This structural arrangement of the heat transfer apparatus enables, in the first place, to substantially increase the evaporation surface of the capillary vaporizer through increasing the total surface area of the vapor release passages. This increases in the surface area provides better conditions for carrying vapor away from this surface resulting in a substantial reduction in the losses of vapor pressure, less thermal resistance in the evaporation zone to finally lead to increased thermodynamic efficiency of the heat transfer apparatus expressed both in greater overall distance over which heat is transferred and in higher heat flux density.
An apparent advantage of such a system of vapor release passages as its structural simplicity and ease of manufacture, since fabrication of a large number of the annular recesses at the outer surface of the vaporizer which mainly constitute the evaporation surface holds no difficulties. By far more complicated is making the longitudinal passages designed to carry vapor to the vapor header. However, these are few in number and their depth may be greater than that of the annular recesses. In addition, the system may be easily differentiated in terms of the length of the vapozer to attain optimum conditions for vapor release.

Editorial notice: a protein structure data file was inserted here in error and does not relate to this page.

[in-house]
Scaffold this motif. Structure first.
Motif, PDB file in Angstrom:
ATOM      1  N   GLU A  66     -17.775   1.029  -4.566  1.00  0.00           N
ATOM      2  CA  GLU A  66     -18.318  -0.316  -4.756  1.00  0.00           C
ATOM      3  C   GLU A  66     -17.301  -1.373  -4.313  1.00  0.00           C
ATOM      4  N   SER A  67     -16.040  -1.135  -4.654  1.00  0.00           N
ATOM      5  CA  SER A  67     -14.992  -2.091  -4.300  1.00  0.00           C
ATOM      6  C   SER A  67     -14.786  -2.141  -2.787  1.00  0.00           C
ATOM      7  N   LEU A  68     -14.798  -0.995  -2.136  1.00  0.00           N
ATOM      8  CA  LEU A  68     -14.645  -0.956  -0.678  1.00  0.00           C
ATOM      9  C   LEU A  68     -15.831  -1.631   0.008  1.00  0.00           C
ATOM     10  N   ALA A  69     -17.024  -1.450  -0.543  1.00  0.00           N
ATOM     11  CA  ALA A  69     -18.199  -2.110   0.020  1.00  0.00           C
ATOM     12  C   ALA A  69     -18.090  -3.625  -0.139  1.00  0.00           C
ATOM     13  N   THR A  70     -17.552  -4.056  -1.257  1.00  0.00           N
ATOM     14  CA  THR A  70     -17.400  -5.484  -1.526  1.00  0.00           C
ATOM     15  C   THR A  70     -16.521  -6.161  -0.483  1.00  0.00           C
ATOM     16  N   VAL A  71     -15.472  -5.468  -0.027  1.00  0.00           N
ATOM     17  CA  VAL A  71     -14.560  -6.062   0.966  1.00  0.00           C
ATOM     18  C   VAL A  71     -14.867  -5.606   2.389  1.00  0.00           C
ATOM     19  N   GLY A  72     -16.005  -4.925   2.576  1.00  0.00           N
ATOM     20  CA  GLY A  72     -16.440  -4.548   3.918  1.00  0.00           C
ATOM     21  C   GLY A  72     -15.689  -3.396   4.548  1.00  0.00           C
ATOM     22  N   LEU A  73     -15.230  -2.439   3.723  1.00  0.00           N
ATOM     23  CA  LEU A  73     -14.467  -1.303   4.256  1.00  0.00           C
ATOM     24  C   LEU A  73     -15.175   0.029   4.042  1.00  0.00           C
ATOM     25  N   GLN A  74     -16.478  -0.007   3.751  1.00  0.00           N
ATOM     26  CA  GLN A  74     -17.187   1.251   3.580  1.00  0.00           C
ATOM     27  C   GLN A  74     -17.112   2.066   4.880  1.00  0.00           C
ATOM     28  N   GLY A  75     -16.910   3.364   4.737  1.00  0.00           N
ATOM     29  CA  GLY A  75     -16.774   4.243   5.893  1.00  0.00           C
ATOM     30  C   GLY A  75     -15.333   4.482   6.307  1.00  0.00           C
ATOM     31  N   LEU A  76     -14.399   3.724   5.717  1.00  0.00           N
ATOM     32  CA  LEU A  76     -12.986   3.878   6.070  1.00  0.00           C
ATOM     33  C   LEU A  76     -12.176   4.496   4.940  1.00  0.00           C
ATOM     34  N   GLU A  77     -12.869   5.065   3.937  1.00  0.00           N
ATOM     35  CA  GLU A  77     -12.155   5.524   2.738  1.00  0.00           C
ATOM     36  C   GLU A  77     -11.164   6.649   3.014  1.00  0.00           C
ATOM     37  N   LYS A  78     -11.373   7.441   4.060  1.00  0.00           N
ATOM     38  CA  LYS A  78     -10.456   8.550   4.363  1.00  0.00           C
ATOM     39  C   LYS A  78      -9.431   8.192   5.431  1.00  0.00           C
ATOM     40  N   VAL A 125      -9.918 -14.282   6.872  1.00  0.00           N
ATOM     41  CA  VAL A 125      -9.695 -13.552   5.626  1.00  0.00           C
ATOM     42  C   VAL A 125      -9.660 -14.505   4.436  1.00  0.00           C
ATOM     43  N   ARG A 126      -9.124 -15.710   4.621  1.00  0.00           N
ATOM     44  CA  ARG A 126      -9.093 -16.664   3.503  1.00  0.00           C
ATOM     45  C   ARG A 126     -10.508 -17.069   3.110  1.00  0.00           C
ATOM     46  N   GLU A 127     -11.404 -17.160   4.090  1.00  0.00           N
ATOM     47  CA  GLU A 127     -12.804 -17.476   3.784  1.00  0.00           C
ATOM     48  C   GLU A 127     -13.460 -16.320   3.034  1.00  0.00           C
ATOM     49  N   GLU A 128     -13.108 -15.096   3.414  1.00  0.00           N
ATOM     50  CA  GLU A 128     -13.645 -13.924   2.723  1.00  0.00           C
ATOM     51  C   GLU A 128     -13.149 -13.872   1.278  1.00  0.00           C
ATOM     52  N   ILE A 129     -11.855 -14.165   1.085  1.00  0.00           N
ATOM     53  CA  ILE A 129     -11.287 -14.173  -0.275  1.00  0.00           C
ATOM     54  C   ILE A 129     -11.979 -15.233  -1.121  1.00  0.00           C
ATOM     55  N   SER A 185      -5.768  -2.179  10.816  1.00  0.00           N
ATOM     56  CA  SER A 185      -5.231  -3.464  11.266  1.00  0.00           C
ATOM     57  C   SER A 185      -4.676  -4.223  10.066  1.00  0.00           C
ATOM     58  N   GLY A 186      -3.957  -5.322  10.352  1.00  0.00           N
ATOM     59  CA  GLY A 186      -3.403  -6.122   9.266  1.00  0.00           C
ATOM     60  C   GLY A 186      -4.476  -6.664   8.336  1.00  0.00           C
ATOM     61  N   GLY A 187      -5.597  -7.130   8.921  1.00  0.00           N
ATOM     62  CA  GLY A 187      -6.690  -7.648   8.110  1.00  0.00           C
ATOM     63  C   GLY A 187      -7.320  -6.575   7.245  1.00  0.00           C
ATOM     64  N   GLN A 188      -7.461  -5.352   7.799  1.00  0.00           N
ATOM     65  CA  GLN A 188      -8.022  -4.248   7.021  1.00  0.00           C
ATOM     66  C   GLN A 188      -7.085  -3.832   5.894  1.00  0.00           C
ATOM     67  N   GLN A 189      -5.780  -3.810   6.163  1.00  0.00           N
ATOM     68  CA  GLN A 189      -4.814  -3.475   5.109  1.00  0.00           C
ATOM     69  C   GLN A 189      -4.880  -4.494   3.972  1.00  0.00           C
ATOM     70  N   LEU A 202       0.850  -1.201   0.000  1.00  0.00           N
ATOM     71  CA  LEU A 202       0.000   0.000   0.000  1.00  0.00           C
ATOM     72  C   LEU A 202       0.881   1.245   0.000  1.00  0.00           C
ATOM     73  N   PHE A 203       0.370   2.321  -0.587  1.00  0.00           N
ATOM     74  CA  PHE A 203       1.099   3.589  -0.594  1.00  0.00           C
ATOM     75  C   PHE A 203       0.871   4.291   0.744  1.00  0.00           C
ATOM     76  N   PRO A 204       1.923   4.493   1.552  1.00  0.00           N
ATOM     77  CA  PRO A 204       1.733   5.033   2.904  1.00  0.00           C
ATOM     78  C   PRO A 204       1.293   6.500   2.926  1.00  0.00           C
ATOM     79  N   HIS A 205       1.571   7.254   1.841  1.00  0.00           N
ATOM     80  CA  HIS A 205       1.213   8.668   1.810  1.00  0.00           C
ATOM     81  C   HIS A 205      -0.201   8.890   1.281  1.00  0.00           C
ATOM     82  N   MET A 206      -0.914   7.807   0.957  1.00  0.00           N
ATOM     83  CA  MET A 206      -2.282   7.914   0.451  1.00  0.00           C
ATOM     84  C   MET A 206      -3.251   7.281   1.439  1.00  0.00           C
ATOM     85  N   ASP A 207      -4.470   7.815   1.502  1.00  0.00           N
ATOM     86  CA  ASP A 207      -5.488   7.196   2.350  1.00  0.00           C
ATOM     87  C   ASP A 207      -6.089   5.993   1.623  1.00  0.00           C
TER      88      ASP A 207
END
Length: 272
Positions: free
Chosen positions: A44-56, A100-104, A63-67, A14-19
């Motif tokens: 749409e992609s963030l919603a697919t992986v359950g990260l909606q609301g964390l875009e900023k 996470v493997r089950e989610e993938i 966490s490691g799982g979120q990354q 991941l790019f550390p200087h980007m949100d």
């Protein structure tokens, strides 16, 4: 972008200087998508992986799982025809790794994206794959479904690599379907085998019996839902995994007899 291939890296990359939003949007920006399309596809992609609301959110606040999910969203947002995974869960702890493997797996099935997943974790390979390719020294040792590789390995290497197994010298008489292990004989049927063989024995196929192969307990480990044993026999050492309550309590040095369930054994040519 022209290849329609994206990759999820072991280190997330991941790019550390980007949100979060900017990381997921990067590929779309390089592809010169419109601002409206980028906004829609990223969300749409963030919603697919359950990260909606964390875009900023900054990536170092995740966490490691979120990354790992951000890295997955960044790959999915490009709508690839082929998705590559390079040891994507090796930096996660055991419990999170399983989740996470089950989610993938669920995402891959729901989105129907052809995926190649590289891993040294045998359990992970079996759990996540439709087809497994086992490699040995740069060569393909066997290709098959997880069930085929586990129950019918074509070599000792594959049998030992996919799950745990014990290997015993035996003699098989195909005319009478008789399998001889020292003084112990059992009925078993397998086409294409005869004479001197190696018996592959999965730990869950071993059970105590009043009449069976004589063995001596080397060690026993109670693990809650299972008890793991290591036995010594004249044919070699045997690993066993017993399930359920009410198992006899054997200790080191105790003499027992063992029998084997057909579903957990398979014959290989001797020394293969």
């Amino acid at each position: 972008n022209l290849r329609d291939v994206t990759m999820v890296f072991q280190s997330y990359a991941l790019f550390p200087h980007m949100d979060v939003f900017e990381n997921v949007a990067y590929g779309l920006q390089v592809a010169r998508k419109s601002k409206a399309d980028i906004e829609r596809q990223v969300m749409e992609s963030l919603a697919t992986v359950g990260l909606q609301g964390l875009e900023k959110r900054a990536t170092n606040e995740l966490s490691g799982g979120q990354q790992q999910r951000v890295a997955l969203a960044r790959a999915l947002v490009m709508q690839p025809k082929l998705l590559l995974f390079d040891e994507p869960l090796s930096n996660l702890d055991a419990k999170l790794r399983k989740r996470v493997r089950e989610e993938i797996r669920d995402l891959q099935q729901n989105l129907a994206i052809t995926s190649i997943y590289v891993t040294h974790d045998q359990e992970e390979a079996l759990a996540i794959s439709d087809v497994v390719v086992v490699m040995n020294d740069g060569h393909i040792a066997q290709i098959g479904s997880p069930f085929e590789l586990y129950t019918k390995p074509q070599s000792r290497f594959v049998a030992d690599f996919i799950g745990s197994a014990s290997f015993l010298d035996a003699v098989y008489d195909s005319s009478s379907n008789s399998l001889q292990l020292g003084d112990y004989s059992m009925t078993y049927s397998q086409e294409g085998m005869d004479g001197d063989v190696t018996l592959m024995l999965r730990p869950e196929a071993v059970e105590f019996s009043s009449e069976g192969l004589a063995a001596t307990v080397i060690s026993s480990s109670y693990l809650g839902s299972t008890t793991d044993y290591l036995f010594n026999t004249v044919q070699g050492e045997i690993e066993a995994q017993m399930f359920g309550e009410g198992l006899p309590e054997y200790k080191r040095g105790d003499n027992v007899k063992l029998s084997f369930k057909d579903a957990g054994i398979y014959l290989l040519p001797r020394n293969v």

The system of vapor release passages is disposed between the smooth annular projections arranged adjacent the ends of the vaporizer to serve as sealing elements preventing the flow of "hot" vapor into the end cavities.
The arrangement of the outlet port of the second pipe in the end cavity furtherst from the condenser chamber affords during orientations of the apparatus at inclination angles of φ>0° to convey the heat transfer fluid condenser and cooled in the condenser chamber directly to the vapor-liquid interface which at these orientations is contained in this chamber, thereby enabling to attain a maximum possible reduction of the temperature T2 and pressure P2 in the region overlying the interface in these conditions. Accordingly, reduction in the temperature T2 and pressure P2 is facilitated by that the heat transfer fluid travels along the portion of the second pipe passing inside the longitudinal axial passage of the vaporizer at a substantially greater velocity failing to be heated prior to entering the end cavity. The reduction in the pressure P2 of vapor while maintaining the necessary pressure differential P1 -P2 makes it possible to appropriately reduce the pressure P1 and temperature T4 of vapor in the vapor release passages. Therefore, start up and operation of the heat transfer apparatus is effected at a much lower temperature level to enable a substantially isothermal operation of the apparatus while maintaining its heat flux capacity accompanied by a more efficient cooling of the heat source.